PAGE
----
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Gazans embrace outdoor photography, events

Gaza's special events have moved outside as constraints make venue owners and photographers get more creative.
MAHMUD HAMS/AFP via Getty Images

GAZA CITY, Gaza Strip — Young Palestinian photographer Shoroq Jaber began photographing social events and celebrations in open air settings in 2016. She had to convince her first clients in Gaza’s conservative society that photos for their special occasions could be taken outside the closed studios it's accustomed to.

Photographing special occasions such as weddings outdoors has recently gained popularity in Gaza, changing the notions of traditional photography. Unemployed university graduates are leading the movement amid rising unemployment and scarce jobs in Gaza.

Jaber had a tough time convincing citizens that photos on the beach or on agricultural lands are attractive on their own and that there is no need for extensive editing. She told Al-Monitor, “The challenge was big, and I was making huge efforts to convince the people holding the occasions to have their photos taken in open spaces. But people were convinced when they saw the dazzling results.”

Jaber, who graduated with a bachelor's degree in TV program creation and presentation at the University College of Applied Sciences in Gaza, lives in Khan Yunis in the south of the Gaza Strip. Since most beauty salons and event halls are located in Gaza City, she had to travel there to work. “I had to tolerate criticism for returning home late every day in Khan Yunis,” she said.

Recently, some photos Jaber published on Instagram caused quite a buzz in Gaza. She published the wedding photos of an already married man whose first wife reportedly only learned about his second marriage from the photos. Jaber said, “I got the permission of the couple, as usual, to publish their photos. I was surprised by the wave of criticism and mockery that claimed I had exposed the man.”

After the latest fighting with Israel ended on May 21, Mohammad Hajjaj, 22, and his partner Mohammed Nassar had to repair their project, Hollywood Beach, which also offers photography for social occasions.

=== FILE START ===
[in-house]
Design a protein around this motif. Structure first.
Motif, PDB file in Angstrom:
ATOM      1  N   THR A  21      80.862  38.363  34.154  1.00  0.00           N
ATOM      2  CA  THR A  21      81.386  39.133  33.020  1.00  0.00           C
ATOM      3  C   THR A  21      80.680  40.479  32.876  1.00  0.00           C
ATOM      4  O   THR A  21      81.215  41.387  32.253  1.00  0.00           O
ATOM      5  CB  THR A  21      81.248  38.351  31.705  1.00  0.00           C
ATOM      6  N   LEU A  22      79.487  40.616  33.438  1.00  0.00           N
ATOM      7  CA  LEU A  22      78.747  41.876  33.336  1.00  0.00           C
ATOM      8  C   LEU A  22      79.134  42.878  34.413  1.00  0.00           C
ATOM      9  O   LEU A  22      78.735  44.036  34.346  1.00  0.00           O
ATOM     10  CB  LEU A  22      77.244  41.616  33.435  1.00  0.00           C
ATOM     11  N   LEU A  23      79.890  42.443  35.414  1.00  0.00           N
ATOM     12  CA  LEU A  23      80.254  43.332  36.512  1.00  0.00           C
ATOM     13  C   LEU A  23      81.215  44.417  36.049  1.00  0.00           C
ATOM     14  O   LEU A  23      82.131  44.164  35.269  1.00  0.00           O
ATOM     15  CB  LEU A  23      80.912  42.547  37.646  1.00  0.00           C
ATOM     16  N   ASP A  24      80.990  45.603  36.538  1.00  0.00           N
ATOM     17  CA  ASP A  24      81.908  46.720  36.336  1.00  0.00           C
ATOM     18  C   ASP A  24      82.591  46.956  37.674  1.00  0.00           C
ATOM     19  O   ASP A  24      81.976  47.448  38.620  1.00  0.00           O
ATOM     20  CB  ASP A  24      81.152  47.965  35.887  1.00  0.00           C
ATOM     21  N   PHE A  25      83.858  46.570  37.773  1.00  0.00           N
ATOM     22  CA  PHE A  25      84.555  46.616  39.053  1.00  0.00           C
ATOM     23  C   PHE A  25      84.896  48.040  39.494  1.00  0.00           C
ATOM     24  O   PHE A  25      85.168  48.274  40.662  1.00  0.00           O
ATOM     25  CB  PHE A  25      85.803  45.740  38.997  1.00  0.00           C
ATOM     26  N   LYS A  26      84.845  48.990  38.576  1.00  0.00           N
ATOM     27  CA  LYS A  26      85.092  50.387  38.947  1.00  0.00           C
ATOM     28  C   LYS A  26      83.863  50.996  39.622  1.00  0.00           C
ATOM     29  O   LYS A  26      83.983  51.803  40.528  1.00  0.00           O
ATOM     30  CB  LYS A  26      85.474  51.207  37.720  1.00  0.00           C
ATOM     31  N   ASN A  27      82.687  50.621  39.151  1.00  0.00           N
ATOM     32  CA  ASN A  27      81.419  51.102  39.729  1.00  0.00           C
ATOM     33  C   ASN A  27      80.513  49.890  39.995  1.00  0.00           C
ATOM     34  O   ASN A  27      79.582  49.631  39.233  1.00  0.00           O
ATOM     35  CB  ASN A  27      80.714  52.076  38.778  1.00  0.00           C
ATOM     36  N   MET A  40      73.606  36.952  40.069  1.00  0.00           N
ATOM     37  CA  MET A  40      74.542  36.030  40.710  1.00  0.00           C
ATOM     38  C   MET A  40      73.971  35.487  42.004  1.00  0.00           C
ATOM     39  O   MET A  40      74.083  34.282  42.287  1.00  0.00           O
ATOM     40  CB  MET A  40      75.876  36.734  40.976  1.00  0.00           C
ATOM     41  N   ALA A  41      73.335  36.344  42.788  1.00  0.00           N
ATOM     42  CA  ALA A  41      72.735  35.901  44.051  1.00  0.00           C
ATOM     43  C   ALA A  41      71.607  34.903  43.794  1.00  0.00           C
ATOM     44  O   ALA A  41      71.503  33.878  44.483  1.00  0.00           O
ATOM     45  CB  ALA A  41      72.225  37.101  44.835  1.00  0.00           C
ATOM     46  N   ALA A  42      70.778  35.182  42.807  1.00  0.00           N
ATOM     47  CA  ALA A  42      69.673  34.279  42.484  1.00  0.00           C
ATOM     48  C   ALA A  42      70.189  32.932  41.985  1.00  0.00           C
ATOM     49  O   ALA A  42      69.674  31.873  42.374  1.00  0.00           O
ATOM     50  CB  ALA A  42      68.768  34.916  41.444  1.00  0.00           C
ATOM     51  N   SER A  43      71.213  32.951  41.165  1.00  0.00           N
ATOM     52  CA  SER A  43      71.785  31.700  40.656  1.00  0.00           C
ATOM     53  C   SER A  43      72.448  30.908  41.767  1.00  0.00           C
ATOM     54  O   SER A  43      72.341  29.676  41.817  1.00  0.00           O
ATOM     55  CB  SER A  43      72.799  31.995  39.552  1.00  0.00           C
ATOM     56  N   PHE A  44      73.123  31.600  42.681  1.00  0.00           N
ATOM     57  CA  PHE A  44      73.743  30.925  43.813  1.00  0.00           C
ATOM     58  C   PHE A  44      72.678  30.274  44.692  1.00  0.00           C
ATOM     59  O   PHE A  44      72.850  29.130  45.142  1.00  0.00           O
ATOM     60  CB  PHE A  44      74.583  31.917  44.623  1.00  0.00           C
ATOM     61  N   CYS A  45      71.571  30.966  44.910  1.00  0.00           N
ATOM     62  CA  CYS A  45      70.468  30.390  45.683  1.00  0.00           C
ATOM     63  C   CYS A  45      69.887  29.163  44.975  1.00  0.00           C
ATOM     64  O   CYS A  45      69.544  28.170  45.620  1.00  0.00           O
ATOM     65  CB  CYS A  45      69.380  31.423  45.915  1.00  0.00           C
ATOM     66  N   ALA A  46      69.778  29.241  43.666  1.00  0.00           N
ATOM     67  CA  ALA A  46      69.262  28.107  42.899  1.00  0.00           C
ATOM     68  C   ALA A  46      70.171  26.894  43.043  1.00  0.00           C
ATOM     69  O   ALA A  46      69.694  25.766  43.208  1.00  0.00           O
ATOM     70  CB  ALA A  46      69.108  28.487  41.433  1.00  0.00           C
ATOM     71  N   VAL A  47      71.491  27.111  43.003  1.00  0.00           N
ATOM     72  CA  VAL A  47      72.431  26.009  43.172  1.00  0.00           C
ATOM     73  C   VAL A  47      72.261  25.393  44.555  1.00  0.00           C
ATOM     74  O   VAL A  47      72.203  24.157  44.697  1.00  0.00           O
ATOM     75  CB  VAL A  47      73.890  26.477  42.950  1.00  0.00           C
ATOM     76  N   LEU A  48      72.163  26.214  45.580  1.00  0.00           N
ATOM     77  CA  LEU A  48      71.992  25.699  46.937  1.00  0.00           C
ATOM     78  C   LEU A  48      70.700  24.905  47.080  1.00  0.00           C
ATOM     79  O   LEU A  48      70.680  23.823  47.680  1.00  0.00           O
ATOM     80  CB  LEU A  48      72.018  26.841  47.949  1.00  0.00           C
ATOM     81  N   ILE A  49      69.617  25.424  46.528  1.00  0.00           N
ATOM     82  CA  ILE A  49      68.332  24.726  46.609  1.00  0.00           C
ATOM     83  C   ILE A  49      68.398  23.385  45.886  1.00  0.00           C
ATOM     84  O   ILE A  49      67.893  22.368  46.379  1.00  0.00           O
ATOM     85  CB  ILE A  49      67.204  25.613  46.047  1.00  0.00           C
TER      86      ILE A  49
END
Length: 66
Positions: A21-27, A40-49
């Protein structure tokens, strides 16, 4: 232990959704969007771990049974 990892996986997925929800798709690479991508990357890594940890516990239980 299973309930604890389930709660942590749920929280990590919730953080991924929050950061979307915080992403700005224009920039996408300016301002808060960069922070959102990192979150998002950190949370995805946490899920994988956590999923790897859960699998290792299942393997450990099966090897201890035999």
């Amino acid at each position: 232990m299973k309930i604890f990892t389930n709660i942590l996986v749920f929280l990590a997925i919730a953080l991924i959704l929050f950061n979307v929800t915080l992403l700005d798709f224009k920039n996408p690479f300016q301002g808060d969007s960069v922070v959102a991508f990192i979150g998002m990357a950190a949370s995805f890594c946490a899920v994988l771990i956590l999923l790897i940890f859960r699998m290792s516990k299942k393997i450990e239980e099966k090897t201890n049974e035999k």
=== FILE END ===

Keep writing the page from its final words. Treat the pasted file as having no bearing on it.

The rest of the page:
Seven Israeli rockets hit Hollywood Beach, which was supposed to open for business on Eid al-Fitr (May 10), when the Israeli airstrikes began.

A year and a half ago, Hajjaj got the idea for the project that would find no competitors in the market. He rented three empty acres in the Sheikh Ajlin area west of Gaza City but struggled to obtain construction permits licenses and do the building.

At first, the engineers Hajjaj consulted told him it would be too difficult to build, but he was undeterred.

He contracted landscape artists to create a water feature, a palace and a horse-drawn Cinderella carriage because “people in Gaza are looking for something special and new,” he told Al-Monitor.

He brought most of the raw material from outside the Gaza Strip. “I bought most of the glass, decorative iron and plants from abroad because they are not found here. It is necessary to put in quality products that can withstand the sea’s moisture, which corrodes many types of material,” Hajjaj explained. 

Naseem Abu Jamea, a professor of economics at Al-Azhar University, said that high unemployment rates are pushing young people in Gaza to pursue unique commercial projects. The 19-29 age group is struggling the most, with unemployment rates reaching 67%.

Abu Jamea told Al-Monitor, “Some unemployed yet ambitious young people are trying to create job opportunities to find a source of income for themselves and their families in light of the stifling crisis in the public and private sector institutions by creating projects with new and creative ideas for society.”

Abu Jamea added that wide distress in Gaza and factors like overcrowding have prompted people to seek natural settings for recreation. He said, “The location of these studios in natural settings is the natural result of people's quest for modernity and to keep up with new trends around the world.”

Arafat Helles, a professor of sociology at Al-Quds Open University in Gaza, told Al-Monitor that while Gazan society is conservative, global cultures and their influence have led to new trends and projects in Gaza.

Helles clarified that as long as there is no conflict with society’s cultural and religious values, people may be convinced to deviate from tradition. He said young Gazans interact on social media and are exposed to global cultures and ideas by Western TV series.

He noted, “We find among the youths bold people who have creative commercial and marketing ideas in Gaza. They present creative and challenging projects. The presence of a receptive market for their ideas encourages them to move forward.”